The most essential aspect that must be kept in mind when growing the plant outdoors is that a coleus should only be planted ourtdoors once the temperature outside has reached a consistent temperature of at least fifty degrees Farenheit. Lower temperatures will kill off your plant immediately.
Another consideration is that the plant must have plenty of light. Getting the right amount of light to an outdoors coleus plant can be tricky because while they need and soak up plenty of bright, full sun, they contrarily grow quite well with a minimal amount of shade. Shade is not one hundred percent necessary for an outdoor coleus plant to thrive, and if you are in doubt about the shading for your plant, it is better to err on the side of caution of too little shade and more sun. However, coleus plants grown with adequate bright sun and minimal shade typically experience thicker foliage that is, by and large, brighter.
A third concern for your coleus plant is the soil, which must be light enough to allow the roots room to breathe. Ideally, the soil used to grow the coleus would be neutral or marginally alkaline. Fertilizers can help adjust native soils to meet this standard. Each coleus plant you seed must have at least twelve inches apart in order to help them grow.
Moisture retention is a considerable issue, also. Adequate water will keep the soil wet on top, and mulching will help if you live in a particularly dry area.
By making just a few simple changes to the typical coleus care, you can transform a highly regarded indoor plant into a gorgeous outdoor decoration as well.
Coleus Alternatives: Six Proven Annuals to Use in Place of Coleus
Coleus is widely grown as an annual for its dependable leaf color throughout its life cycle. Coming in mixtures of purples, pinks, oranges, green, lime green, and white, coleus is a staple for areas of partial to full shade. But what about when Coleus cannot be grown, or when gardeners want to change things up? Let’s look at six plants that can be grown in place of coleus.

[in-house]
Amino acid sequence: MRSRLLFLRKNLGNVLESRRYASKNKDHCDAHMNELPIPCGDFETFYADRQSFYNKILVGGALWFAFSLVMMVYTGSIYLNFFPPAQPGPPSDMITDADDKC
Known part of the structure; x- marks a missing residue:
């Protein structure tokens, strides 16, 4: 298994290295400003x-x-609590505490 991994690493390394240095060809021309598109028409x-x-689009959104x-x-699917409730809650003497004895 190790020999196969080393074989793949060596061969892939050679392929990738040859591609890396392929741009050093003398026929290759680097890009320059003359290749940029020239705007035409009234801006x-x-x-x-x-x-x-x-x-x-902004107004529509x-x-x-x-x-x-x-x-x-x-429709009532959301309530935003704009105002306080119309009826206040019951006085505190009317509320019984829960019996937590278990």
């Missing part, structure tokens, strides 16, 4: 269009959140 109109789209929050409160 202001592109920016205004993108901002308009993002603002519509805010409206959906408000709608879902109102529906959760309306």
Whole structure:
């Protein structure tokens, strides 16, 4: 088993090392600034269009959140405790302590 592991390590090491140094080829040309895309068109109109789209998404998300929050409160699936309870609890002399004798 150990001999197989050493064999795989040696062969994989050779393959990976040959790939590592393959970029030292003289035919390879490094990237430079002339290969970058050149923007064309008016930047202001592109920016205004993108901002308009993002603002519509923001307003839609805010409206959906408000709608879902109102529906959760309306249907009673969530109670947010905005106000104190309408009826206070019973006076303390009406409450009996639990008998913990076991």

1. Rex Begonias
Rex begonias provide similar color and size as coleus. They come in shades and mixtures of green, red, pink, purple, and silver. Although more limited in color than coleus, they make up for it with a variety of different leaf textures, shapes, and patterns. Plants grow about 12-18 inches tall and wide and grow best in shaded areas with rich, moist, but well-drained soil. They cannot stand wet conditions, too much fertilizer, or sun. Rex begonias have become popular recently, and new varieties are always being introduced.
Caladiums can be grown as a shade-loving annual. Plants range in size and can grow over two feet in height. Leaves are heart-shaped and come in mixtures of green, red, pink, purple, white, and silver. There is a lot of variation in the pattern of color and in shades of the colors, which more than makes up for Caladium having less of a color range than coleus and less diversity of leaf texture and shape than rex begonias. Because all parts of the caladium plant are poisonous, they should not be grown if children or pets are likely to try eating the plants.
3. Hypoestes Phyllostachys
Hypoestes Phyllostachys or polka-dot plant grows well in shade and has leaves that are speckled or mottled with white, pink, purple, or red over green. Polka-dot plant grows a foot tall and wide, and does well in partial shade and hot temperatures. Plants can be pinched to keep bushy or allowed to grow freely. It comes in many shades of pink and complements other annuals.
4. Ornamental Sweet Potato
Ornamental sweet potato comes in purple and lime green and grows in sun or part shade. The purple comes in cut leaves and heart-shaped leaves. Sweet potato provides a different habit as it is a vine, and the lime green plants contrast well with other leaves. Plants in partial shade will exhibit a greener shade as opposed to being more yellow in the sun.
Iresine or bloodleaf grows much like coleus and comes in shades of red, green, and pink, but mostly red. It grows about two to three feet high and grows in sun or shade. The more sun, the better the color is drawn out. Iresine can tolerate wet conditions and does not like drying out.
6. Strobilanthus Dyerianus
Strobilanthus dyerianus or Persian shield grows about two feet wide and tall, with large purple and green leaves. It resembles coleus in color, but the plants do not vary much in color and shape. However, the Persian shield is an addition to the shade garden that adds diversity and variety to the annual color.
These six annuals provide good color variation and are viable alternatives to coleus. Having a variety of annuals allows the garden to stay productive as different plants have different requirements and so the soil does not deplete or harbor disease as easily. These annuals will provide variety to the garden and balance or replace coleus well.